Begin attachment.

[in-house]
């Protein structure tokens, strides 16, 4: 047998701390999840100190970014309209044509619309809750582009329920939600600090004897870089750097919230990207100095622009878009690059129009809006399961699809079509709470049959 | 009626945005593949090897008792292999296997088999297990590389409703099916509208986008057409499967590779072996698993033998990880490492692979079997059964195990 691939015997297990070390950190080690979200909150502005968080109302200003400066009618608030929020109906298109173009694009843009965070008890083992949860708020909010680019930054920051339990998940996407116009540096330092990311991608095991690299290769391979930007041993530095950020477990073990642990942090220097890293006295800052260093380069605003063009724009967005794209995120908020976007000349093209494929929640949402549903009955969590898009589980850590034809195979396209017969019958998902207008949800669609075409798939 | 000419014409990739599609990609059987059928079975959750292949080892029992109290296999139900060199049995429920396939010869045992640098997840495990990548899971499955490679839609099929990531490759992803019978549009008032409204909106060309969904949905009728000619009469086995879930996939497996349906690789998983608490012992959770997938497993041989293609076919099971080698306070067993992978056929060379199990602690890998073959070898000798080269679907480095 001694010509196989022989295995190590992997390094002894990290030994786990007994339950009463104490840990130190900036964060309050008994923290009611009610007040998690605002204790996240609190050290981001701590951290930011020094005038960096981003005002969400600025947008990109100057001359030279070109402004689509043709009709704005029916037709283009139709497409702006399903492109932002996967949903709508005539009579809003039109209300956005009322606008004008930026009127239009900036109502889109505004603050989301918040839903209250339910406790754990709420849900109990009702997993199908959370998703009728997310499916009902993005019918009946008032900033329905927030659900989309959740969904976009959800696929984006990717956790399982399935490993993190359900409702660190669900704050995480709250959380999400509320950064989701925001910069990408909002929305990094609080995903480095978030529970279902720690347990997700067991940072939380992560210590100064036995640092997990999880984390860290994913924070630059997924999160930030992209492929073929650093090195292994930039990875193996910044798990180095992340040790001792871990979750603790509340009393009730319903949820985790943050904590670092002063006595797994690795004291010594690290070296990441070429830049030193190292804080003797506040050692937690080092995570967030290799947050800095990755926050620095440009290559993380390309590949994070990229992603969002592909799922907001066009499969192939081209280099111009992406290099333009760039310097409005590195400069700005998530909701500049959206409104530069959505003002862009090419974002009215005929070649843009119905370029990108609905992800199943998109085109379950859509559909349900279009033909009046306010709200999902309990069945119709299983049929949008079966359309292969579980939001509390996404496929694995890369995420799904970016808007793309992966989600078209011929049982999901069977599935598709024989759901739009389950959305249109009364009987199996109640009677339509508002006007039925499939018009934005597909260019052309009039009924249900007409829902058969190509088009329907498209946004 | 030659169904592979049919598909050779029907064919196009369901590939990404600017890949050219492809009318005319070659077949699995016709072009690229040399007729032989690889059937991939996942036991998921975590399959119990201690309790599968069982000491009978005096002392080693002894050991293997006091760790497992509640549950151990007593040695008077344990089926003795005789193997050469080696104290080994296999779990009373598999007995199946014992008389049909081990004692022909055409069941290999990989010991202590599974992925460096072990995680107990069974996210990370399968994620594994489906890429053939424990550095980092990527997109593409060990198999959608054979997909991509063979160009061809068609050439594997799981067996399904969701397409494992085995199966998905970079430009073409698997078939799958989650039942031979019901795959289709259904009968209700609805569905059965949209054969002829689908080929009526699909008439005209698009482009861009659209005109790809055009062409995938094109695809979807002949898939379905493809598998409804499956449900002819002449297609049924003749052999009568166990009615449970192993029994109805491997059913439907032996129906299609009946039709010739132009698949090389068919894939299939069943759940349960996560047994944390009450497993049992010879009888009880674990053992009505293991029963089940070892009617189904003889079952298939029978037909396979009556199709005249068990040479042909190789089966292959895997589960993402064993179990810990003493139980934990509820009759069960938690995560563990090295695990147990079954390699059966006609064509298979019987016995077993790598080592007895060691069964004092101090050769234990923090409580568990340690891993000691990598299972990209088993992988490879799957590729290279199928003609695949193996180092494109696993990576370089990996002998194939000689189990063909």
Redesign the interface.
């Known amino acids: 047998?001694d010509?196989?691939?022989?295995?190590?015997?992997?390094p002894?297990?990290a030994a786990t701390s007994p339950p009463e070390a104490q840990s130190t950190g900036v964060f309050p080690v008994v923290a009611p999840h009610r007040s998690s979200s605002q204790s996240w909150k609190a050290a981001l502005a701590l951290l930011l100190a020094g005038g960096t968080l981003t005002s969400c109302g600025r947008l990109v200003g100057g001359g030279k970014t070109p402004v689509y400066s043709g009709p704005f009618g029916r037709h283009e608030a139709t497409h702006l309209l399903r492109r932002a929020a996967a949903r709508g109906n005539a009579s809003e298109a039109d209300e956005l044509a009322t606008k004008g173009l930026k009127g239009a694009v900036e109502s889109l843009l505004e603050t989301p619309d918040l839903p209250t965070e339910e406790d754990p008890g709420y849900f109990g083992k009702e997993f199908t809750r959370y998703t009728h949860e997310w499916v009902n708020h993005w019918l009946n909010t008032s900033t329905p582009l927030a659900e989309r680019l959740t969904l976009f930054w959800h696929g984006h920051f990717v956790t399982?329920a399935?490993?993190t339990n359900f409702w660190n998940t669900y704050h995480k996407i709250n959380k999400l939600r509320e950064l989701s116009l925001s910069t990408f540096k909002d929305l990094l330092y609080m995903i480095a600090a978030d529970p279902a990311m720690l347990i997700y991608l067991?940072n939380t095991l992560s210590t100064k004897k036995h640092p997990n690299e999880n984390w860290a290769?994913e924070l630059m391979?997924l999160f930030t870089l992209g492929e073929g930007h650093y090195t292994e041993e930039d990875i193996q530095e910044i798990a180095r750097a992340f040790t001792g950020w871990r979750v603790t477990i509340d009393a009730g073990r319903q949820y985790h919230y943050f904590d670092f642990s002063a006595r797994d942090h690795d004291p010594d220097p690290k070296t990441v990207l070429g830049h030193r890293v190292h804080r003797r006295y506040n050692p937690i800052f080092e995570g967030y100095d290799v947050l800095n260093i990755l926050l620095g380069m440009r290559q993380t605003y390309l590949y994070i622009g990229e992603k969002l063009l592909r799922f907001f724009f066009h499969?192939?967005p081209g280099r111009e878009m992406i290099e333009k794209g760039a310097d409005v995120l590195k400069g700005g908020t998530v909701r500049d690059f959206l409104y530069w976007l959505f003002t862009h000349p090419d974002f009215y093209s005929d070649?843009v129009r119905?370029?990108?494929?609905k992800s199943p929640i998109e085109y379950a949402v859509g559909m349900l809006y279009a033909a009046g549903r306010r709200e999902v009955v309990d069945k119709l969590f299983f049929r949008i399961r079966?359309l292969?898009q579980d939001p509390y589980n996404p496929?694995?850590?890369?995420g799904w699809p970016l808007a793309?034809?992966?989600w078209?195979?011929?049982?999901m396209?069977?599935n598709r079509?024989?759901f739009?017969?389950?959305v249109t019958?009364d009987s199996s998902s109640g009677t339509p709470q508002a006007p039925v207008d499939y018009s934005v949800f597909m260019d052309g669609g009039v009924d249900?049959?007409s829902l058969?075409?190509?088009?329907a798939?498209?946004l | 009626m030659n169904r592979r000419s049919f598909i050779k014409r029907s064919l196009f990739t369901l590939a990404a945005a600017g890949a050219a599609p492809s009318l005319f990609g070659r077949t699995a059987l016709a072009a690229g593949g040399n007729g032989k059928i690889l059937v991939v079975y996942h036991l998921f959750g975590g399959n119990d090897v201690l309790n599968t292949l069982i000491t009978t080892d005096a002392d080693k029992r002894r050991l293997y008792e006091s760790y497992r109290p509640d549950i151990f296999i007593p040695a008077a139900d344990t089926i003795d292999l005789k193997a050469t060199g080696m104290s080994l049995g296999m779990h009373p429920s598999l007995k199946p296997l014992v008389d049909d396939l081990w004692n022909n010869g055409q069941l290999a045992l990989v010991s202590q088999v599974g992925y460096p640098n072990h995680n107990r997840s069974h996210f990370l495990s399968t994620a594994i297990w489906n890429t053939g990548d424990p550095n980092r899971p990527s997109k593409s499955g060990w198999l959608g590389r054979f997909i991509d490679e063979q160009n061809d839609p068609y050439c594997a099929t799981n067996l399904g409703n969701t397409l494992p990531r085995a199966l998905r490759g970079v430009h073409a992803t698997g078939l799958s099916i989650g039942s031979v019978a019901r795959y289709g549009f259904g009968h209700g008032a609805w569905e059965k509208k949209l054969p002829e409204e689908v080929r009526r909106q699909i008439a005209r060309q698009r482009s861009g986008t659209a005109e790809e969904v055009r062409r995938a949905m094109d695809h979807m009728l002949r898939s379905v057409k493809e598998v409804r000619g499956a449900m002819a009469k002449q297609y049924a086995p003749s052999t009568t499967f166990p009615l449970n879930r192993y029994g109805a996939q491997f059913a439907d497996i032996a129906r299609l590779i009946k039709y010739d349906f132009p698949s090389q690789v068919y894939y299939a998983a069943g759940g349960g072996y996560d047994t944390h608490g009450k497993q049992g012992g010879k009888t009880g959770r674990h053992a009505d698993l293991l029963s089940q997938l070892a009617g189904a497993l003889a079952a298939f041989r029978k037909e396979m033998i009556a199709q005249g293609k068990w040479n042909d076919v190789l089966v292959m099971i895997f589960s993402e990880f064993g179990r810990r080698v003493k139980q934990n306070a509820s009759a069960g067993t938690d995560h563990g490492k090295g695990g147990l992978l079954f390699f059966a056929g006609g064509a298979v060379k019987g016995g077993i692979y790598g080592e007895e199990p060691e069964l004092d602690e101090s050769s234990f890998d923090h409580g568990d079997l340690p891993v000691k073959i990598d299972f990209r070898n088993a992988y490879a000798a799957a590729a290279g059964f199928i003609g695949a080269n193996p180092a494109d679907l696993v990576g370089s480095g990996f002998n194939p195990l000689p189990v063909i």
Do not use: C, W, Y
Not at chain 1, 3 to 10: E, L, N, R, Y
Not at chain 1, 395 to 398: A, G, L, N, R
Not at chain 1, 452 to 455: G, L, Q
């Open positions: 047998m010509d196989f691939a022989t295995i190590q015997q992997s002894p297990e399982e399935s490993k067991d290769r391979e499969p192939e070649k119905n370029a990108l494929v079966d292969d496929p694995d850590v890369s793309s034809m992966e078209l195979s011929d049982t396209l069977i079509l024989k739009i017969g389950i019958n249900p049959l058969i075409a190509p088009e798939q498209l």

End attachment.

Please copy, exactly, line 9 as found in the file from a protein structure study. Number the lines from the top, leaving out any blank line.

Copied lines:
């Open positions: 047998m010509d196989f691939a022989t295995i190590q015997q992997s002894p297990e399982e399935s490993k067991d290769r391979e499969p192939e070649k119905n370029a990108l494929v079966d292969d496929p694995d850590v890369s793309s034809m992966e078209l195979s011929d049982t396209l069977i079509l024989k739009i017969g389950i019958n249900p049959l058969i075409a190509p088009e798939q498209l």